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When we speak about characters we assume two things: the image that we see and the symbolic information that relates to this image. The specific form (shape) of a character is called a glyph: Same character with different glyphs:

Character A in various presentations, from streight upright to floweresk

A glyph is the minimal unit of font information. Each glyph can be defined in two ways: information about the character the glyph represents and specific information about the glyph. For example, we can define the character “H” as “two vertical strokes with one horizontal stroke that connects them at half their height.” All possible shapes of the character H can be defined this way. To get a glyph definition, we would add the following words (for the Times typeface): “The vertical strokes are wider than the horizontal strokes and each of them is finished by thin rounded serifs.”

Meaning of glyphs

The same image may have many meanings. For example the character “H” means one letter in the English language and a very different letter in the Russian language (very close to an English “N”) or in the Greek language (Eta).

Features of glyphs

Although the Chinese have invented moving letters long before Gutenberg not much is known about form variations for non-latin scripts. For latin scripts (and derivatives such as cyrillic) letterforms got many features. The names of the different parts of a character have a long and well documented history. There are manuscripts going back to the 15th century. The most used terms are listed in the image and table hereafter.Features (ears, stems etc.) of glyphs demonstrated on various characters. The features are in different colour to identify them

Description of feature indicate English indicate German indicate French
horizontal stroke that is free on one end



part of the lowercase letters b, d, f, h, k, l and t that extends above the x-hight Ascender Oberlänge  
horizontal stroke in the letters A, H, e, t and similar letters Bar    
curved stroke which makes an enclosed space with a character Bowl    
fully or partially enclosed space within a character Counter Punze  
part of the letters g, j, p, q, y and sometimes J, that extends below the baseline Descender Unterlänge  
small stroke projecting from the top of the lowercase g Ear    
a thin stroke usually common to serif typestyles Hairline    
the stroke connecting the top and bottom of a lowercase g Link    
lower portion of lowercase g Loop Schlaufe  
a line crossing the main strokes of a character. There are many varieties Serif Serif  
descender of Q or short diagonal stroke of the R Tail    
the end of a stroke not terminated with a serif Terminal    
curved stroke of the h, m and n Shoulder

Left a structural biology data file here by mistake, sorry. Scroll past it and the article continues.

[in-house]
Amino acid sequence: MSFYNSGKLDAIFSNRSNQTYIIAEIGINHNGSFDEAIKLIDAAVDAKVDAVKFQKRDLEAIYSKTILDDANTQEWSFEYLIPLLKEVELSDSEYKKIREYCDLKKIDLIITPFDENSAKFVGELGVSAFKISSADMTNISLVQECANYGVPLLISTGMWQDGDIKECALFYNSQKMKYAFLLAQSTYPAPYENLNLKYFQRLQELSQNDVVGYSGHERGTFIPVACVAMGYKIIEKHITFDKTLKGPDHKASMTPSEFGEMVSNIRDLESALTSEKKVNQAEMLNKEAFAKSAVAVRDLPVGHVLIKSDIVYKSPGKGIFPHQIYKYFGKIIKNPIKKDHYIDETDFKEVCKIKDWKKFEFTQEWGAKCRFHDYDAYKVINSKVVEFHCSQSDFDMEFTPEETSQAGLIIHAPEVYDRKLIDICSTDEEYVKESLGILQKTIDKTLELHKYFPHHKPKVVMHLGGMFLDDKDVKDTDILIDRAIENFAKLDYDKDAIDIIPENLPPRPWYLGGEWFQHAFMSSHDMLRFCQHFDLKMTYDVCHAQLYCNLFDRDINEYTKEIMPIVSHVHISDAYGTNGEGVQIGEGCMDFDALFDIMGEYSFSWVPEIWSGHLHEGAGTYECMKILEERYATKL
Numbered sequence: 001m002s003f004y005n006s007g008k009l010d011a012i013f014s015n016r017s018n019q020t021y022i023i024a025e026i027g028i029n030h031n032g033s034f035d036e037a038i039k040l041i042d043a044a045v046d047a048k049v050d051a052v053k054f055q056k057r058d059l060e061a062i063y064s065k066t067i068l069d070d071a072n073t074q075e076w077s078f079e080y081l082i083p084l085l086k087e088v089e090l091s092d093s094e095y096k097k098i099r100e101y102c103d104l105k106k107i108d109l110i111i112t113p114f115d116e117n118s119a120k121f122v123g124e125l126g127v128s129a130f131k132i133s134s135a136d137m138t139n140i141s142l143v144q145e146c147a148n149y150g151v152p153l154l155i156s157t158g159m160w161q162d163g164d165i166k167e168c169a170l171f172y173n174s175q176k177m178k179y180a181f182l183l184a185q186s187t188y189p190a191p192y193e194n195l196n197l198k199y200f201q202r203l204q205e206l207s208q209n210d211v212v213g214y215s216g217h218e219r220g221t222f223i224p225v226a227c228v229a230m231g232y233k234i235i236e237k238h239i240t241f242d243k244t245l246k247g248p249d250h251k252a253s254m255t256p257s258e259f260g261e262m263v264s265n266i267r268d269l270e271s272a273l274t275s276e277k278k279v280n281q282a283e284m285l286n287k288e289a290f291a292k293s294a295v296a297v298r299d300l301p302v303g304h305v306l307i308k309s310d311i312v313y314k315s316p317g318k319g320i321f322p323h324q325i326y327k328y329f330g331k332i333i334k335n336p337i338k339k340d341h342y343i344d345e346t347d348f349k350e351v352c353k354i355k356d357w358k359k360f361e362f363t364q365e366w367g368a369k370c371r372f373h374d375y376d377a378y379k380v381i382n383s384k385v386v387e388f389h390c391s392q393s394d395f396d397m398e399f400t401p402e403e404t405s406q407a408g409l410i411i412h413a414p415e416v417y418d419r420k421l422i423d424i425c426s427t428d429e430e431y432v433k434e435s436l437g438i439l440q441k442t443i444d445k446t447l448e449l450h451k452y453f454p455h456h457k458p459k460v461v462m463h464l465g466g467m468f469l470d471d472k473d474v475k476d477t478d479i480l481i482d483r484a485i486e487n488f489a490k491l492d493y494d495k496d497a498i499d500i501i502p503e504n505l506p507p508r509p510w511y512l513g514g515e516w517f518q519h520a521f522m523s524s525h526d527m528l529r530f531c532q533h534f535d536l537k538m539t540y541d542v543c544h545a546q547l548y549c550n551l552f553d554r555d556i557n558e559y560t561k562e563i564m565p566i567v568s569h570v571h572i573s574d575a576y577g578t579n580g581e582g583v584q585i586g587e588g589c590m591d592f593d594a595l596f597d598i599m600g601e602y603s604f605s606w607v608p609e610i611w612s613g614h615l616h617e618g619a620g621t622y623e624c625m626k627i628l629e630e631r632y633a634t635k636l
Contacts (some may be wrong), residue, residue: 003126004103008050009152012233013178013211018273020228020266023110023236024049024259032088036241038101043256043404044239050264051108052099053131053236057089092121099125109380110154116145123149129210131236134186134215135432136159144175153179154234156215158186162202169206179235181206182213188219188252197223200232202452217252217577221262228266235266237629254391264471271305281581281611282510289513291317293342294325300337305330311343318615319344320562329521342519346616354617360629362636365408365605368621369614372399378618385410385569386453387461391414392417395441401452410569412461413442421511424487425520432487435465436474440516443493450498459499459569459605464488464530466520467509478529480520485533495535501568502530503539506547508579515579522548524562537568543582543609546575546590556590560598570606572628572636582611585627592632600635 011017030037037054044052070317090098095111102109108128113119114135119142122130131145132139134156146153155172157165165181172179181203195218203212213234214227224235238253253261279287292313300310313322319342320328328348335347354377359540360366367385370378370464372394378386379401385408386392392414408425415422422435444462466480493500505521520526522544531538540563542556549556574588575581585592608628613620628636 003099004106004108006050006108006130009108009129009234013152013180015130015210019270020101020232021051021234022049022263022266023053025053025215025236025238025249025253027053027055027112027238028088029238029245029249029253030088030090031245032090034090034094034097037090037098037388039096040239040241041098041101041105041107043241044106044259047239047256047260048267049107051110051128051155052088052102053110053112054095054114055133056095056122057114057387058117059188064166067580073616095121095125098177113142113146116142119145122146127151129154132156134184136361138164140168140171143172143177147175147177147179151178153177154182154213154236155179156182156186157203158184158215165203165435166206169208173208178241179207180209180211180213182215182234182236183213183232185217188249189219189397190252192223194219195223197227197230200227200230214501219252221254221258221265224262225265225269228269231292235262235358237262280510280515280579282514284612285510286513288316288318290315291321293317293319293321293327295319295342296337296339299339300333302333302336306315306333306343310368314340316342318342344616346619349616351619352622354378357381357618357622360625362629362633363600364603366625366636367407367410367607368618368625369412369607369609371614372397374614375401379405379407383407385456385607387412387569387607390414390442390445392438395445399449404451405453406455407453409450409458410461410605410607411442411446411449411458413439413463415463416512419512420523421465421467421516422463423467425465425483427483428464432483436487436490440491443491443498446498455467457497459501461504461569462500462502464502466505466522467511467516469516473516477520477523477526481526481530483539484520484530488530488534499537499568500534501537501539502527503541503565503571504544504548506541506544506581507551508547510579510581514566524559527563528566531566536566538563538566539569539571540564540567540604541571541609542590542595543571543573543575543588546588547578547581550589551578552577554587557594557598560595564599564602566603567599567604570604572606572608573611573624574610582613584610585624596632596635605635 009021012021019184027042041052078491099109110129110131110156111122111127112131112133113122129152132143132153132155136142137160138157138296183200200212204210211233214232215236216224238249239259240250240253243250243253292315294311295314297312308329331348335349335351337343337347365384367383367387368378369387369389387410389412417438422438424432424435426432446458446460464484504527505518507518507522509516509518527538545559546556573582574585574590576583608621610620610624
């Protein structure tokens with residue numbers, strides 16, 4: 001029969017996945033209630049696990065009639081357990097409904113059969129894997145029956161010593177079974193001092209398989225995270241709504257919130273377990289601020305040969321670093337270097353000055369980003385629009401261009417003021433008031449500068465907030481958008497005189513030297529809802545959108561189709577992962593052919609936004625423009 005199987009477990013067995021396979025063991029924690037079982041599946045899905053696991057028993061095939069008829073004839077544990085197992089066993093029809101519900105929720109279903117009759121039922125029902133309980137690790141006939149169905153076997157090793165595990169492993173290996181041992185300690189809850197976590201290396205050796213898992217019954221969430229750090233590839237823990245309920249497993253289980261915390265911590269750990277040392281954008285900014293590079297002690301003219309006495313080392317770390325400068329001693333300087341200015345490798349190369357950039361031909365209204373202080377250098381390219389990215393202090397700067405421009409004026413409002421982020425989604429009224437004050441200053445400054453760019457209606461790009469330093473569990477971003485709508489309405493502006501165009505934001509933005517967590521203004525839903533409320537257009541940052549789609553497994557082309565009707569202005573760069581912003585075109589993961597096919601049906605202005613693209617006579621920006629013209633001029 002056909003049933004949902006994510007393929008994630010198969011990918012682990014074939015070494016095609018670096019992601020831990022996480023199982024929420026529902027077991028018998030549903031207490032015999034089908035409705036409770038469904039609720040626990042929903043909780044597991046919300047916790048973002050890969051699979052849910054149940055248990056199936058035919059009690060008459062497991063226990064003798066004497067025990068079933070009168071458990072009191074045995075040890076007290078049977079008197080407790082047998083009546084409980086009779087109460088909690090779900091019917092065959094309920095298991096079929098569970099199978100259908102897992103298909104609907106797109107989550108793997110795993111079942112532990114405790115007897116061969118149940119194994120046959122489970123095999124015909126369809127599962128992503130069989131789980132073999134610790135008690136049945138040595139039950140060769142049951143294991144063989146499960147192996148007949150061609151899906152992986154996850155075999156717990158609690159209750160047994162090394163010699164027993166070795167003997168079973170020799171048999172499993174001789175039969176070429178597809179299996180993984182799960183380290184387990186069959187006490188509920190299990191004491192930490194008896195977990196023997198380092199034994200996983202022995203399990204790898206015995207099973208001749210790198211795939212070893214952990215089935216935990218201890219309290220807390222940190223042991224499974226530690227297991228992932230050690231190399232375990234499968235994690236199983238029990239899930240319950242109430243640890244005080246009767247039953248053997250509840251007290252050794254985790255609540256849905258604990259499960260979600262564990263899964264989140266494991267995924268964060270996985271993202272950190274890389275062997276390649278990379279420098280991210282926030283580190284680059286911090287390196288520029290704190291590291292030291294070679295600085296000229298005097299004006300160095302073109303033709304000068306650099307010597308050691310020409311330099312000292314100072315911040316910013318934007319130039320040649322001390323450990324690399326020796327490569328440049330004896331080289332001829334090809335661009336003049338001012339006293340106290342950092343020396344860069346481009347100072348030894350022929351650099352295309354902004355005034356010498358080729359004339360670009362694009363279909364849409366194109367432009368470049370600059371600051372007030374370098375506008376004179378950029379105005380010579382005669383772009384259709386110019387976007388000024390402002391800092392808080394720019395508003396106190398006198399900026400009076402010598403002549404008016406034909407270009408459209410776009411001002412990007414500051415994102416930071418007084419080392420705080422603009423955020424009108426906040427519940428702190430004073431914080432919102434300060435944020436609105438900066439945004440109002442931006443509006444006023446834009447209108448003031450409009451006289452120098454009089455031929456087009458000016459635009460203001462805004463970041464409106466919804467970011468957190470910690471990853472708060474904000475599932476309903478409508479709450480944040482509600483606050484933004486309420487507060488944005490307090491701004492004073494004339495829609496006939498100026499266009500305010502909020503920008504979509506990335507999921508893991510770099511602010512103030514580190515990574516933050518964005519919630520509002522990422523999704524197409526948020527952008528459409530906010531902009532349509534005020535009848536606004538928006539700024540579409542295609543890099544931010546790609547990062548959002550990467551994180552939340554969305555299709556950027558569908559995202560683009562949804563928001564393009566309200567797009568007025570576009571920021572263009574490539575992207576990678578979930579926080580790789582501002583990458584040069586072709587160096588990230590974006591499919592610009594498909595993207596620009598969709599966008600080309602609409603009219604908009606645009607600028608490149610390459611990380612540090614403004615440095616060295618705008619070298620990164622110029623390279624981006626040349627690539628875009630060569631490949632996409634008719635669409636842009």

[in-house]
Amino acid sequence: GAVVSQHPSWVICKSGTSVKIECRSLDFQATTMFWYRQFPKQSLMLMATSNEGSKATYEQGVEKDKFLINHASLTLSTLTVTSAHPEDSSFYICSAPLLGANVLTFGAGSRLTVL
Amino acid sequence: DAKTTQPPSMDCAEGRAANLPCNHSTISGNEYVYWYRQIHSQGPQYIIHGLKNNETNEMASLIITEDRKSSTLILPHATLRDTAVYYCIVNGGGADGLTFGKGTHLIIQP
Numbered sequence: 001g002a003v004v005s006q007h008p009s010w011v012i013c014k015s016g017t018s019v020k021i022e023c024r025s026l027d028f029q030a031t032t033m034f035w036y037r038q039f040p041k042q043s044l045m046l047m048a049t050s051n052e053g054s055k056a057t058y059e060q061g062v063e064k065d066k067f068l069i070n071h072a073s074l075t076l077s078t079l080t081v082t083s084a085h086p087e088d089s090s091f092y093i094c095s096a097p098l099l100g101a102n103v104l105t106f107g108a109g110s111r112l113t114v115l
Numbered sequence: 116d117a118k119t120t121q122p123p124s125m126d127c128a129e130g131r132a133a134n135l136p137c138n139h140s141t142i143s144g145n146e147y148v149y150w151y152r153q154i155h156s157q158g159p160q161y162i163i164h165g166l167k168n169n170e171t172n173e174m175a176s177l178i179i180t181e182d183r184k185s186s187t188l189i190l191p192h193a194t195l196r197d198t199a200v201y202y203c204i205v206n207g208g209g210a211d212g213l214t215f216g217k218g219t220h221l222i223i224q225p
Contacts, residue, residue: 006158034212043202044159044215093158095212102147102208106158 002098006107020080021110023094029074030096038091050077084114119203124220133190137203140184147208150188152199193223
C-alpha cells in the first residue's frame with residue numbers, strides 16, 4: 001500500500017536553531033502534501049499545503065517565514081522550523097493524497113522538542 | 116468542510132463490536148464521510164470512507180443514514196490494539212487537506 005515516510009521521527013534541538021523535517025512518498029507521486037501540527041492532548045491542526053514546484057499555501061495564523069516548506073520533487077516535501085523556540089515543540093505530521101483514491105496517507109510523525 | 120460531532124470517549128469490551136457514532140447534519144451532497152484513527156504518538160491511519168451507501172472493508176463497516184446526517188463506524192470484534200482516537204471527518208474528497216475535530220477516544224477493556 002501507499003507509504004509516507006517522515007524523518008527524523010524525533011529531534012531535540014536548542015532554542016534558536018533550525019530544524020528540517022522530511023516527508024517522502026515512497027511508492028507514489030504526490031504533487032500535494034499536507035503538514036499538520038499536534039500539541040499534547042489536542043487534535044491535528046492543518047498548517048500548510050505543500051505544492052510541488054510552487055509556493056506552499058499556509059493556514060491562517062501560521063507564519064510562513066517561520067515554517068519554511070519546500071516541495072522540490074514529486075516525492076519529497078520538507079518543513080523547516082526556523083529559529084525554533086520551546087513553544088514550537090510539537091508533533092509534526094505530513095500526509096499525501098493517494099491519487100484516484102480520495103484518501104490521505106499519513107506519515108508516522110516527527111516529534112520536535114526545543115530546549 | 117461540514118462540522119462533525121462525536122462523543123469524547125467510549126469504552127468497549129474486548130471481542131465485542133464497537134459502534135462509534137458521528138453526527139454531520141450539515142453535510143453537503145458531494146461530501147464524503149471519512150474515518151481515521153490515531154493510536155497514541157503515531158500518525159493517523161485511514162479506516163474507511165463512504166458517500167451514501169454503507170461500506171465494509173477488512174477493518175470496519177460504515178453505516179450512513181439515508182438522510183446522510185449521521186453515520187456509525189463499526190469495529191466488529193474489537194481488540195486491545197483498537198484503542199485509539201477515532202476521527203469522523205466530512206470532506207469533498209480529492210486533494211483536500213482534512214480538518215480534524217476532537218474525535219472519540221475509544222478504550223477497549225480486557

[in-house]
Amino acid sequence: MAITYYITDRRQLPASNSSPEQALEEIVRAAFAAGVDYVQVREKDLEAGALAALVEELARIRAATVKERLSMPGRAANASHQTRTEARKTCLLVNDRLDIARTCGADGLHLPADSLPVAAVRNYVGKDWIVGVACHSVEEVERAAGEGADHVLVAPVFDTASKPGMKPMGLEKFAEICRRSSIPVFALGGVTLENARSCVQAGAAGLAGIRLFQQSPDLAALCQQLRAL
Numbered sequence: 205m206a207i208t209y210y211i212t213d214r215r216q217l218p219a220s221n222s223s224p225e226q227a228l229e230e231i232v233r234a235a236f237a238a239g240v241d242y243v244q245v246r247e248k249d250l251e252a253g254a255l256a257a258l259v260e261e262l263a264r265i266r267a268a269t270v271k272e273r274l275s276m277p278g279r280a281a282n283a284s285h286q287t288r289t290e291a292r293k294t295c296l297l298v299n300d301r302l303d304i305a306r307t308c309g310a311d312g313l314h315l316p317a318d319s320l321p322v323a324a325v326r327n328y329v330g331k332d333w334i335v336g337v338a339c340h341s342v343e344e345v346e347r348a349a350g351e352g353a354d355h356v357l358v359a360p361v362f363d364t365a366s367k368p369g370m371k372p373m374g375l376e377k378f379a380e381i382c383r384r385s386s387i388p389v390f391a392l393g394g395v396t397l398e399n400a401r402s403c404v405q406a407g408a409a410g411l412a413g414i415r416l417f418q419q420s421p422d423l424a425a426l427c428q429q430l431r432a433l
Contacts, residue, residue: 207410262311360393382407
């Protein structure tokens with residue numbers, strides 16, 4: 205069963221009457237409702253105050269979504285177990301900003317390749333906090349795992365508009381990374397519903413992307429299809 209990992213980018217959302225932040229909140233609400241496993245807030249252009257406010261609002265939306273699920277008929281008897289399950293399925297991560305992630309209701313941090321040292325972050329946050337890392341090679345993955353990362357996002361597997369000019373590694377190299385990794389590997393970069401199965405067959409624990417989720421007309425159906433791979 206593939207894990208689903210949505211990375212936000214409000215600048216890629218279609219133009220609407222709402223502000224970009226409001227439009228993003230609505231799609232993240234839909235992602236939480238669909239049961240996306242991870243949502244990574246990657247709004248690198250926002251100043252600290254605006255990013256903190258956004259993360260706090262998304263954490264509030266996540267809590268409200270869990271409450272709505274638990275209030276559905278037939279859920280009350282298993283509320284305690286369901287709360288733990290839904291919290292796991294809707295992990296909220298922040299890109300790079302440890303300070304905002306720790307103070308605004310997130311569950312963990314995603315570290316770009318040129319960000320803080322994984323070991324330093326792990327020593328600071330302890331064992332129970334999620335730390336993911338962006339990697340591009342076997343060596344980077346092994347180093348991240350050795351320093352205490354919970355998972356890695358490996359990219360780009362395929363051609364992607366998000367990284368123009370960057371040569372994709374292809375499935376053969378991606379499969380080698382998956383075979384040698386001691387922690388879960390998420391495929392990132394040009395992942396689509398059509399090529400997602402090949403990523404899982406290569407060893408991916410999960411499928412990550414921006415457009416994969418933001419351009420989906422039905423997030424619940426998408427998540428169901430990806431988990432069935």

main curved stroke of a lowercase or capital S Spine    
a small projection off a main stroke; found on many capital G's Spur    
straight vertical stroke, or main straight diagonal stroke in a letter which has no vertical strokes (x, X, z, Z) Stem Stamm  
direction of thickening in a curved stroke Stress    
straight or curved line Stroke    
fancy flourisch replacing a terminal or serif Swash    
relation between thin and thick strokes (pole or equatoral position in round glyphs) Contrast    

Interpretation of glyphs

In hot-metal times the term glyph was not yet used. A letter was the physical representation of a character: a block of metal with the cut out mirrored image of the letter shape.

With the advent of electronic printing, the variety of shapes for a chacrater proliferated – because it became much easyer to create and modify shapes. The glyph is described as an outline from which various process-dependent forms can be derived. For most printing processed the outline is transformed into a bit-map ➔ rendering, rasterising.

Special glyphs

At least in the western typographic world special forms have developed:

indicate English indicate German indicate French
Illustration of a fleuron, a docorative element in the form of a flower
Image of a grammalogue, that is a special symbol, such as the ampersand or the at-sign
Grammalogue (Literally, a letter word; a word represented by a logogram): et, at Logogramm  
Image of ligatures fi and etImages of the diphthongs AE and ae


Mediaval figures. These are not all of same size. For example, the 3, 5 and 7 reach below the base line Oldstyle figures, medieval figures Mediävalziffern  

[To top/bottom of page] Sources

ITC publication u&lc (upper and lowercase) around 1990.

[To top/bottom of page] Further links


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